Do you ever miss your dog?

I was away from home this weekend. I was invited to sing a paid gig in Great Barrington, MA, and it was too delicious to turn down -- Bach, Purcell, and only three rehearsals plus the dress rehearsal. There were only twelve of us singing -- three on each part -- plus a string quartet. Mostly very talented pros who wouldn't have taken the gig without a paycheck, so it was really fun to sing with such a great group -- e.g., no one had to threaten the basses with bodily harm for not learning the music. The music, J.S.'s Wachet Auf (Cantata 140) and the last movement of Herz und Mund und Tat und Leben ("Jesu Joy of Man's desiring"), meant that there was nothing arcane -- we'd all sung them before, so the learning curve wasn't steep.

The venue was beautiful. St. James Place used to be an Episcopal church, built in 1857. In 2008, the rear wall collapsed and the building was condemned, but the parishioners decided not to pursue rehabilitation. In 2010, Fred and Sally Harris, a local couple who were members of the congregation, set up a nonprofit to redevelop the site. Sally Harris calls it a "secular conversion." They decided it would make a great performance space. They wanted to retain as much as possible and improve the rest. A new stage was installed, but the original flooring and pews were kept but resurfaced, with the pews extended 2.5 inches to make them more comfortable. Seating was raised, with sight lines changed so even the last row could see the stage. The center aisle leading to the stage was taken out, refurbished, and replaced. It would take a blog longer than this to describe all the other renovations and improvements. All the beautiful stained glass windows were retained. The acoustics are magnificent. It only opened the beginning of 2017, so it's shiny new and gorgeous.

So, here I was, lucky to be singing this lovely music with a bunch of great musicians in a wonderful space, and what did I keep thinking about? Hint -- not the music. I kept missing my dog. I knew he was being well taken care of. Because Moki has "special needs" now, when I am going to be away, I bring him to his original dog-sitter, Lauren, who lives in West Nyack, Rockland County, about an hour north of the city. It's out of the way, but she was a vet tech, and she knows how to give him his meds, and he loves her (although the brat pretends not to when I drop him off), and when he's at her place (her house, not a kennel), he gets to play with her kids and her dog and whatever other dogs are boarding there, and to run around outside on her half-acre property. I missed him and thought about him anyway, the entire time, even though I always complain about what a handful he is.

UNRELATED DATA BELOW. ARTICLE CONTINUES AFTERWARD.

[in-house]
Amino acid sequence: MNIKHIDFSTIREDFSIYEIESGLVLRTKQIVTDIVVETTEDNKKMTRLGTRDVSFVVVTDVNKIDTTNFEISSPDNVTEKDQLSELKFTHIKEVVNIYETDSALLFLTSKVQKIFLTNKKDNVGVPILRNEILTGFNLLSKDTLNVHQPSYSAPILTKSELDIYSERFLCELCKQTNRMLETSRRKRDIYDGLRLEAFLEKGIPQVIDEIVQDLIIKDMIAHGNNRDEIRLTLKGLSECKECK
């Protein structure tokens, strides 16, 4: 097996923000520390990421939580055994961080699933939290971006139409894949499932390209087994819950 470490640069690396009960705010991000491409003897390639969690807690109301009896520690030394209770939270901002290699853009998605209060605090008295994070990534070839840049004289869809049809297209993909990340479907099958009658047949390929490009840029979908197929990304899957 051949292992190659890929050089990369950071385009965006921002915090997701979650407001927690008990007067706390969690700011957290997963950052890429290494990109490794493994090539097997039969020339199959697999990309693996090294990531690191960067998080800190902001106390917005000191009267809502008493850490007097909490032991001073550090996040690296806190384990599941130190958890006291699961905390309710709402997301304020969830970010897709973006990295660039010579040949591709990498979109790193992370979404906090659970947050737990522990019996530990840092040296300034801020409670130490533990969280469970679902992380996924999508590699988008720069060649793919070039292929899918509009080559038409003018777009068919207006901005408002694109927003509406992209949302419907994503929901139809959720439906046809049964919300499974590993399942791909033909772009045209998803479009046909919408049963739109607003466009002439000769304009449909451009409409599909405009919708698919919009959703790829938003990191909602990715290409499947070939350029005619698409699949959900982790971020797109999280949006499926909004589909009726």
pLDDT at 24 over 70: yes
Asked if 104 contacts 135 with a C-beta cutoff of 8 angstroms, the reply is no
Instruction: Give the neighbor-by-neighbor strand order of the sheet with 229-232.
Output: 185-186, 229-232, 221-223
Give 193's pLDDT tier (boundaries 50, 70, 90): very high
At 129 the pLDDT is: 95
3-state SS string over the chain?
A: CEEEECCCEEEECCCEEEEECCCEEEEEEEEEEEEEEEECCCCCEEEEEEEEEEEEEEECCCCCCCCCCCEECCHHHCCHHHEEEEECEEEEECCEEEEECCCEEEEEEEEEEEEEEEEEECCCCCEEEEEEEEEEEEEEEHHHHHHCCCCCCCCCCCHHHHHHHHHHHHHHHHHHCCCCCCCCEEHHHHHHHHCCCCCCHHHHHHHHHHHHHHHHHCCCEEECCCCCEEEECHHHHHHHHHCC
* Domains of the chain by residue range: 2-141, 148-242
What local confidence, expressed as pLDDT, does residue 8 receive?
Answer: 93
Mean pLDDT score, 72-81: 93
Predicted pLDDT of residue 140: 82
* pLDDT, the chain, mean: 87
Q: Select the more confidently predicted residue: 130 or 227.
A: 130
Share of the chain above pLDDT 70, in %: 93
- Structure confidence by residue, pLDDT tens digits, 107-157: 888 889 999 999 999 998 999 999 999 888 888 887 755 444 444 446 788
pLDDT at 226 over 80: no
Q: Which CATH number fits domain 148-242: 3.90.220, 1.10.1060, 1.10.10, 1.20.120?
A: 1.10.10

Great Barrington holds a thousand memories for me. When I lived in Boston, we'd go there at least once or twice a year, strolling around the little downtown, eating the best Japanese food in Massachusetts at Bizen, enjoying the ambiance. But this time, the experience just wasn't great. I came to the conclusion that I am now, officially, a conceited, urban night creature. After the concert, at about 10:45, a few of us decided we really needed a cup of coffee. I know, I'm weird, it is what it is. Most of the town was closed up tighter than a drum. We found one little dive that had some nice live music, but when I asked the bouncer whether it was possible to get a cup of coffee in there, he stared at my purple hair, raised an eyebrow, looked me up and down, and then said, "Sorry, hon, we stop making coffee at 6:30. Anyway the kitchen closed at 9:30, so now we're just serving drinks." He was actually very nice, but I'm positive he thought the aliens had landed. He wished us well. "You girls have fun, now," he said, waving as we walked away. I think he was relieved.

This morning, when I drove off to come home via Lauren's house, I noticed there were still a few really nice things about the "deep country." The smell of new-mown grass has always grabbed me. I'm a smell freak, and I love that smell. Gas was about ten cents a gallon cheaper there. The mountains are pretty. Alas, I can't think of anything else. Not only was I missing my dog, but I was really missing the crazy, noisy, urban sprawl of NYC and its different people -- nationalities, colors, accents. Our concert wasn't sold out, but it was almost sold out, and looking out into the sea of people, what was most apparent was a sea of homogenous white faces. The soprano soloist, from New York, was an African American woman, but I'm pretty sure she was the only one in that entire place, except for her mom and a couple of folks in the chorus. The town was deadly quiet at 10:30. It was very dark, few lights. We finally found a place open, but the coffee had been sitting in the pot so long you could cut it with a knife, and "at that hour," they didn't want to make a new pot, so I didn't partake. I lived.

So I missed my dog, a lot, and I missed my city almost as much! Driving home this morning, until I got to the New York area, I could count the number of cars sharing the road with me on the fingers of one hand. I picked up Moki, who was fine, and we were both happy to see each other. I just wish I were better at compartmentalizing. I know this sounds sexist, but I do think most men are better at that than most women. I read an article from the LifeWay Press from Nashville, TN called, "Men are Like Waffles, Women are Like Spaghetti." I was feeling a little spaghetti-like the past couple of days. Sometimes I wish I could be more like a waffle!